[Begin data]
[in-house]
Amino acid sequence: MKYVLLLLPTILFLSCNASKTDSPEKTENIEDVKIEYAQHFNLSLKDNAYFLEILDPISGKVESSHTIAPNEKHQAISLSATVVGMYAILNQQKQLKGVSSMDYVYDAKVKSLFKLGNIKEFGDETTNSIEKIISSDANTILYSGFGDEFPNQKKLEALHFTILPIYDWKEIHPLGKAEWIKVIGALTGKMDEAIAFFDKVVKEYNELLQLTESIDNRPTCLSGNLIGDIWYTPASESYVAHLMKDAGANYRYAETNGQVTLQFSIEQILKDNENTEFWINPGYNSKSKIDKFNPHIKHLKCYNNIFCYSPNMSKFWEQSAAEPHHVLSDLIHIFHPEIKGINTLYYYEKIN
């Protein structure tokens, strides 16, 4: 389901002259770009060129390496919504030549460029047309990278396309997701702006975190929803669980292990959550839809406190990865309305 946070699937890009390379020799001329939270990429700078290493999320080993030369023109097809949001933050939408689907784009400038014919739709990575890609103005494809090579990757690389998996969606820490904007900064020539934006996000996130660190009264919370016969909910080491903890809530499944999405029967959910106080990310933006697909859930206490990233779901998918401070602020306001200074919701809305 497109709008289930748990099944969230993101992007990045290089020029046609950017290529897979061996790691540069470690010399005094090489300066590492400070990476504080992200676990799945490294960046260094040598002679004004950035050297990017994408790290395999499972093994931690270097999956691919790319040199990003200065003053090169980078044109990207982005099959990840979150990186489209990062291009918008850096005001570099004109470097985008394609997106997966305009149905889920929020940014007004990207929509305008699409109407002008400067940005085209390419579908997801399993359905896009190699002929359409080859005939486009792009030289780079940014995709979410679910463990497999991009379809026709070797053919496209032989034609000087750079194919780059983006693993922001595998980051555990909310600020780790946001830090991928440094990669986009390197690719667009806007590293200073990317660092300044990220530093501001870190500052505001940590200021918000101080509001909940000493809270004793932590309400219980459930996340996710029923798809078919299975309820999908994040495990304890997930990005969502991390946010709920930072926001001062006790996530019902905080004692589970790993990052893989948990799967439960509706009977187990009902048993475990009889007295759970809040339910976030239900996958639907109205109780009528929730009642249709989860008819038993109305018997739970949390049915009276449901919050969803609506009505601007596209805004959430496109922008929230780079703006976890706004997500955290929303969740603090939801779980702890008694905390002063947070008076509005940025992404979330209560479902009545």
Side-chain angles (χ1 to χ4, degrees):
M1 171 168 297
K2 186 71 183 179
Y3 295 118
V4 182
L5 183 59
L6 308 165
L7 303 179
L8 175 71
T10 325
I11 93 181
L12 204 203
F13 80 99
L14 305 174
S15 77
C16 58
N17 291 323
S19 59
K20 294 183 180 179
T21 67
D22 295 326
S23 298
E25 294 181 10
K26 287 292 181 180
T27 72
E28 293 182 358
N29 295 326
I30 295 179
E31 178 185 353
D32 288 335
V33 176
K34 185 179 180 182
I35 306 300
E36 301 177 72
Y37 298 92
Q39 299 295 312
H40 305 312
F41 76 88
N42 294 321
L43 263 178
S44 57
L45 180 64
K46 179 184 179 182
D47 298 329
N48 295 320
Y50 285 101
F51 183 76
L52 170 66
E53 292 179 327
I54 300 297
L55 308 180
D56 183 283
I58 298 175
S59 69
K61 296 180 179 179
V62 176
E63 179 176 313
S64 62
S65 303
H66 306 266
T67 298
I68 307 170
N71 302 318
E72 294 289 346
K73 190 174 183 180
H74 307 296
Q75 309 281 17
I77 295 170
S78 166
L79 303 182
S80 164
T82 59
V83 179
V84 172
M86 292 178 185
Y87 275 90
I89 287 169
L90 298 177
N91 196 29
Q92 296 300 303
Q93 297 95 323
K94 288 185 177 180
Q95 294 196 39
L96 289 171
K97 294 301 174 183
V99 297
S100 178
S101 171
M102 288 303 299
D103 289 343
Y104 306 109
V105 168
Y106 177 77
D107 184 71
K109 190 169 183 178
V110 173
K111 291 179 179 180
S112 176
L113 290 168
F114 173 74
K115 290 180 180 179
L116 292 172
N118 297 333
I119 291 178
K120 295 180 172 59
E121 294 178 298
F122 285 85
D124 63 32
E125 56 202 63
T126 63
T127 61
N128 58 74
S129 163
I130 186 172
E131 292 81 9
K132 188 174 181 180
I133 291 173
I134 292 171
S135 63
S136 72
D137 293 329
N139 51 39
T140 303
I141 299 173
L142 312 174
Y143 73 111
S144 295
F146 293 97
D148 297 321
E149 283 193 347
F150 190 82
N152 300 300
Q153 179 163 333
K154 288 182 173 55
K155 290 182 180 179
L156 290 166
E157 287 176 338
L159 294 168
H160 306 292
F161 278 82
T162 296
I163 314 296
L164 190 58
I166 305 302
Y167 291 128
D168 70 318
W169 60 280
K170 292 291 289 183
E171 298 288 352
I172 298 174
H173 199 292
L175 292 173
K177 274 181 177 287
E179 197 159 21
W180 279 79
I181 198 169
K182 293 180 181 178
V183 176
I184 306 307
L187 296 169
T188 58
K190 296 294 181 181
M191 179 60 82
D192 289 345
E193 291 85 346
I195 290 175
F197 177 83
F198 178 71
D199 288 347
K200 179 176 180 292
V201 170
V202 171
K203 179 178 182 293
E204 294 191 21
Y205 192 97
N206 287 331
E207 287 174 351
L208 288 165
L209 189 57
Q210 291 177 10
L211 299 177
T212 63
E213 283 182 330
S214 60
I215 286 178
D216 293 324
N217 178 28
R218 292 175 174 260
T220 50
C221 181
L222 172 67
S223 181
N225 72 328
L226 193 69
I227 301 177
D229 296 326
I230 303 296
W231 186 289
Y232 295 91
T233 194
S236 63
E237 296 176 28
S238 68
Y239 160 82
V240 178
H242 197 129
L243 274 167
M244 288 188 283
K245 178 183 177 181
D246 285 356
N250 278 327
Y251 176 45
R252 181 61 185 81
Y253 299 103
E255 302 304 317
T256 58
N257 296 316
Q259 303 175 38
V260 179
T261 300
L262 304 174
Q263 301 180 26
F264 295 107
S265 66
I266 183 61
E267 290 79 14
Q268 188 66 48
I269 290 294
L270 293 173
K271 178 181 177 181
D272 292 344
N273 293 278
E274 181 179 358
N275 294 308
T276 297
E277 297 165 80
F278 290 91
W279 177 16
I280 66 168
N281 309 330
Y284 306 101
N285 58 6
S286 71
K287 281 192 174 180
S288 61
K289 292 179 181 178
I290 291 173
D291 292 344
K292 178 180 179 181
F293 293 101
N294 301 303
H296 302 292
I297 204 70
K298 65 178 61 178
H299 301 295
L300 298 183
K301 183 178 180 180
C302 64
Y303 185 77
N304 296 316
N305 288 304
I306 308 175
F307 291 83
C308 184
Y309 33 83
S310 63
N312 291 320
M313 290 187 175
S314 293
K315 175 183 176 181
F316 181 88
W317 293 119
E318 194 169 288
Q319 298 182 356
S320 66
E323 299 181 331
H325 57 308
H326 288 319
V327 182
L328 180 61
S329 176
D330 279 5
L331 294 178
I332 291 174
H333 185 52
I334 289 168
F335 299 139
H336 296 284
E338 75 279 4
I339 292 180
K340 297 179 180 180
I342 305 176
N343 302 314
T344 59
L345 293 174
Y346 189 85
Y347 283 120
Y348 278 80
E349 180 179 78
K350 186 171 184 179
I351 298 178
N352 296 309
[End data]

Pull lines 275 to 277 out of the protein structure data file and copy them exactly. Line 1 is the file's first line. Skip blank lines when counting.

W317 293 119
E318 194 169 288
Q319 298 182 356